here we go again…

A few months ago, I heard about this really great place that I could bring Evie to work on communication.  I had a totally great conversation on the phone with the therapist about my feelings about ABA.  They do not have a BCBA on staff by design.

Awesome.

We talked about eye contact and how it is not something we should be trying to force Autistic people to do.

Awesome.

We talked about a lot of things and I was so very excited to bring Evie to this place.  So very, very excited to get help in teaching Evie to communicate more effectively.

And then we got there.  We were not working with the same therapist that I spoke with on the phone.

Okay.

And then I went in the observation room and behind the observation glass.

It started off great!  A little bit of Floortime-esque play to get to know each other.  The therapist caught on that Evie likes physical play really quickly.  And they started to make a connection.  I could see it…Evie was signing “more” which she doesn’t usually do unless she knows someone.  Evie was smiling.

I was smiling.

And then, the therapist started to draw the blueberry up to her face so that Evie would “gaze at her face.”

And my heart sank.

Because no.

No, no, no.

This is the exact opposite of what we signed up for.

This is not okay.

The therapist listed off her credentials.  And then started talking about how important joint attention is.  Apparently her definition and my definition of joint attention are not the same.

My definition of joint attention is that we are both paying attention to the same thing at the same time.

Her definition included the criteria that she and Evie are paying attention to the same thing at the same time.  And that Evie references her face (eye gaze).

She claimed that Evie needed to be able to get information from faces in order to develop more sophisticated communication.

I become incredibly inarticulate when I get upset and I was REALLY upset.

If this is true, how do blind people learn to communicate effectively?

She wasn’t really interested in hearing my feelings about it.  Because this is “proven.”

Proven to do what?  Please show me one place where science proves that a person will not acquire the ability to communicate if a person does not look at faces to get information.

I don’t have a gazillion Autism letters after my name.  I have Evie though.  And what Kassiane describes as “helper people” don’t always understand.  Helper people can do more harm than good…no matter their intentions.

There were some posters in the waiting room which tell me everything I want to know about this organization’s level of understanding and respect for Autistic people.  I will save that discussion for another post.

I cried angry tears and sat in the parking lot for a few minutes.  I Facebook messaged with Alyssa from Yes, that too for a couple of minutes until I felt like I could drive.   Thank you, Alyssa for talking to me during those awful moments.  Especially since I know hearing about this kind of stuff must not be easy for you as an Autistic person.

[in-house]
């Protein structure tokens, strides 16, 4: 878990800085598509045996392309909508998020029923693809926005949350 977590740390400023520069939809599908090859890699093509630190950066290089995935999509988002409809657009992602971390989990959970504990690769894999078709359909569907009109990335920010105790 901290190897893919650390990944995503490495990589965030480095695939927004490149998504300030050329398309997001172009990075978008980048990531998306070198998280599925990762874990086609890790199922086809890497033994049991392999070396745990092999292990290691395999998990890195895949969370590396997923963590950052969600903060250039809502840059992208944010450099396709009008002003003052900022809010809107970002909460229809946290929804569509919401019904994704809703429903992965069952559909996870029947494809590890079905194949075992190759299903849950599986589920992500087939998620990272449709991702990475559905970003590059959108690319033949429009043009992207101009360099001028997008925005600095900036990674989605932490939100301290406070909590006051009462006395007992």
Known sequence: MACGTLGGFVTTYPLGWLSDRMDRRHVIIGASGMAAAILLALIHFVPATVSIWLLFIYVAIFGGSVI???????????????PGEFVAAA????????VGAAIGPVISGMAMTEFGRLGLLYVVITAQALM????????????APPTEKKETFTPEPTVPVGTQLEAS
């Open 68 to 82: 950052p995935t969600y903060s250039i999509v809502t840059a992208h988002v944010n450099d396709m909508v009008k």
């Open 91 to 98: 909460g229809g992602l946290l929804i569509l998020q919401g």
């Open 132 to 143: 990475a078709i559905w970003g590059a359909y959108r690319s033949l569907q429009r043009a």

***editing to add a link to this post from Alyssa on how she would have failed Kindie would there have been this kind of thing***

When I got home, I went straight to the experts.  Autistic people.  Evie’s people.  MY people.  My friends.  People that I love and trust in a way that I cannot even begin to express.

And I was comforted by the virtual embrace of their words.  I was comforted to hear that, no.  No, I was not being over the top.  Most of them do not read faces to get information.

I was once again caught by the loving safety net that these people spread each time I feel like I am falling, falling, falling.  Falling alone.

Thank you to the beautiful people that helped me yesterday–Alyssa, Kassiane, Zach, Deanne, Kelly, Savannah, Cynthia, Cara, Brenda, Michelle, Emily & Michael.  And to the others that are always there with the right words.  Everyone should be so lucky to have friends like you.

8 thoughts on “here we go again…


  1. That kind of thing they do there? That's why I'd have failed in special needs classes. In gen ed kindergarten, they're too busy keeping people from pulling hair and fighting on the playground to notice that a girl who can speak and doesn't cause much trouble also doesn't look at them much. In special ed? They'd push for the things I can't do, and not let me near what I can do until I did what I Just. Can't. Do.

  2. Yeah, I share your definition of joint attention. And it’s a wonderful thing.

    When another person is paying attention to a subject or object of attention…and I’m paying attention to appearing like I’m paying attention correctly…that is not joint attention, in my book. That is two people paying attention to different things. That seriously compromises my ability to pay attention and understand the subject at hand.

  3. Beyond the basic expressions of happy, sad, confused, angry, surprised faces are meaningless to me. Same with all but the most obvious body language. I could look at you all day long and it wouldn’t help me figure out what you were feeling. Mostly it would make me uncomfortable. However, I can learn to read a person’s tone of voice fairly quickly and get a lot of information from behavior and speech patterns.

  4. I stopped being able to participate *meaningfully* in graduate seminar courses after I was diagnosed and given advice on how to make eye contact with the instructor. I couldn’t even take notes in the undergraduate classes when I learned I was supposed to be trying to look normal instead of concentrating on the material.

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